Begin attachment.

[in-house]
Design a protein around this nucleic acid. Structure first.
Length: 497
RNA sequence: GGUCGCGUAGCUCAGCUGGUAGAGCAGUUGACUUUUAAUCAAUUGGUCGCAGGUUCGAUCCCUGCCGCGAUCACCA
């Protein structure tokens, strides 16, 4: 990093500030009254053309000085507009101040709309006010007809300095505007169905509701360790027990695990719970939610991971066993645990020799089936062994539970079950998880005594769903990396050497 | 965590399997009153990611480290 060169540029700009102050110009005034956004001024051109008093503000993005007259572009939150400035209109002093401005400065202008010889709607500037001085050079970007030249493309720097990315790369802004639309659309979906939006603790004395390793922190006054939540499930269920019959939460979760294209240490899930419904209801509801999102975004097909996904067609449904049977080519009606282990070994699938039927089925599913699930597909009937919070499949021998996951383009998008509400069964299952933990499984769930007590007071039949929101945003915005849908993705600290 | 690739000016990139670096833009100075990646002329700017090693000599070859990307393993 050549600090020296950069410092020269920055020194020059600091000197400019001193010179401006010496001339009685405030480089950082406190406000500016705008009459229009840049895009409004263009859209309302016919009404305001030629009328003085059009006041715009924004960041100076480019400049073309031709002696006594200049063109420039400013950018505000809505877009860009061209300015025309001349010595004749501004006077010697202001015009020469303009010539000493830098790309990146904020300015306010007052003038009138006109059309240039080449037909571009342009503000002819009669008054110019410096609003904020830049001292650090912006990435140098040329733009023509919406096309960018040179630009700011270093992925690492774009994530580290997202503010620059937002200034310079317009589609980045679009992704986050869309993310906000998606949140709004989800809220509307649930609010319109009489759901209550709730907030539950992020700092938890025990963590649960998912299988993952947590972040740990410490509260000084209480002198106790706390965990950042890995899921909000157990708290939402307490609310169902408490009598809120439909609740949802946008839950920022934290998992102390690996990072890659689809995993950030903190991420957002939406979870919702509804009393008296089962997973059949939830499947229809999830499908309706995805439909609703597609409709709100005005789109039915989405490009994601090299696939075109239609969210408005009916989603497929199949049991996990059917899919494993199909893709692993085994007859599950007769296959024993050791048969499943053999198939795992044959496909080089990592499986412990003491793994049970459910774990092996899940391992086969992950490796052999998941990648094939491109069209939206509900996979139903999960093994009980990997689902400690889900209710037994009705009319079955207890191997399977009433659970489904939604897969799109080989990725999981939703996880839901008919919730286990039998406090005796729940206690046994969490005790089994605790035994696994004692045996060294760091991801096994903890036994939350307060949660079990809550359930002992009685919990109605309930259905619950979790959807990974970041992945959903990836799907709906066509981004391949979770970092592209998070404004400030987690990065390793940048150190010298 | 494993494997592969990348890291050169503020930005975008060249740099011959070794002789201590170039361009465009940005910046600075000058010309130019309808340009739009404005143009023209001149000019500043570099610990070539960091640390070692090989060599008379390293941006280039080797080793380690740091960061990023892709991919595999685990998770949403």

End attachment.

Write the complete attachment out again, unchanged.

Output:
[in-house]
Design a protein around this nucleic acid. Structure first.
Length: 497
RNA sequence: GGUCGCGUAGCUCAGCUGGUAGAGCAGUUGACUUUUAAUCAAUUGGUCGCAGGUUCGAUCCCUGCCGCGAUCACCA
């Protein structure tokens, strides 16, 4: 990093500030009254053309000085507009101040709309006010007809300095505007169905509701360790027990695990719970939610991971066993645990020799089936062994539970079950998880005594769903990396050497 | 965590399997009153990611480290 060169540029700009102050110009005034956004001024051109008093503000993005007259572009939150400035209109002093401005400065202008010889709607500037001085050079970007030249493309720097990315790369802004639309659309979906939006603790004395390793922190006054939540499930269920019959939460979760294209240490899930419904209801509801999102975004097909996904067609449904049977080519009606282990070994699938039927089925599913699930597909009937919070499949021998996951383009998008509400069964299952933990499984769930007590007071039949929101945003915005849908993705600290 | 690739000016990139670096833009100075990646002329700017090693000599070859990307393993 050549600090020296950069410092020269920055020194020059600091000197400019001193010179401006010496001339009685405030480089950082406190406000500016705008009459229009840049895009409004263009859209309302016919009404305001030629009328003085059009006041715009924004960041100076480019400049073309031709002696006594200049063109420039400013950018505000809505877009860009061209300015025309001349010595004749501004006077010697202001015009020469303009010539000493830098790309990146904020300015306010007052003038009138006109059309240039080449037909571009342009503000002819009669008054110019410096609003904020830049001292650090912006990435140098040329733009023509919406096309960018040179630009700011270093992925690492774009994530580290997202503010620059937002200034310079317009589609980045679009992704986050869309993310906000998606949140709004989800809220509307649930609010319109009489759901209550709730907030539950992020700092938890025990963590649960998912299988993952947590972040740990410490509260000084209480002198106790706390965990950042890995899921909000157990708290939402307490609310169902408490009598809120439909609740949802946008839950920022934290998992102390690996990072890659689809995993950030903190991420957002939406979870919702509804009393008296089962997973059949939830499947229809999830499908309706995805439909609703597609409709709100005005789109039915989405490009994601090299696939075109239609969210408005009916989603497929199949049991996990059917899919494993199909893709692993085994007859599950007769296959024993050791048969499943053999198939795992044959496909080089990592499986412990003491793994049970459910774990092996899940391992086969992950490796052999998941990648094939491109069209939206509900996979139903999960093994009980990997689902400690889900209710037994009705009319079955207890191997399977009433659970489904939604897969799109080989990725999981939703996880839901008919919730286990039998406090005796729940206690046994969490005790089994605790035994696994004692045996060294760091991801096994903890036994939350307060949660079990809550359930002992009685919990109605309930259905619950979790959807990974970041992945959903990836799907709906066509981004391949979770970092592209998070404004400030987690990065390793940048150190010298 | 494993494997592969990348890291050169503020930005975008060249740099011959070794002789201590170039361009465009940005910046600075000058010309130019309808340009739009404005143009023209001149000019500043570099610990070539960091640390070692090989060599008379390293941006280039080797080793380690740091960061990023892709991919595999685990998770949403």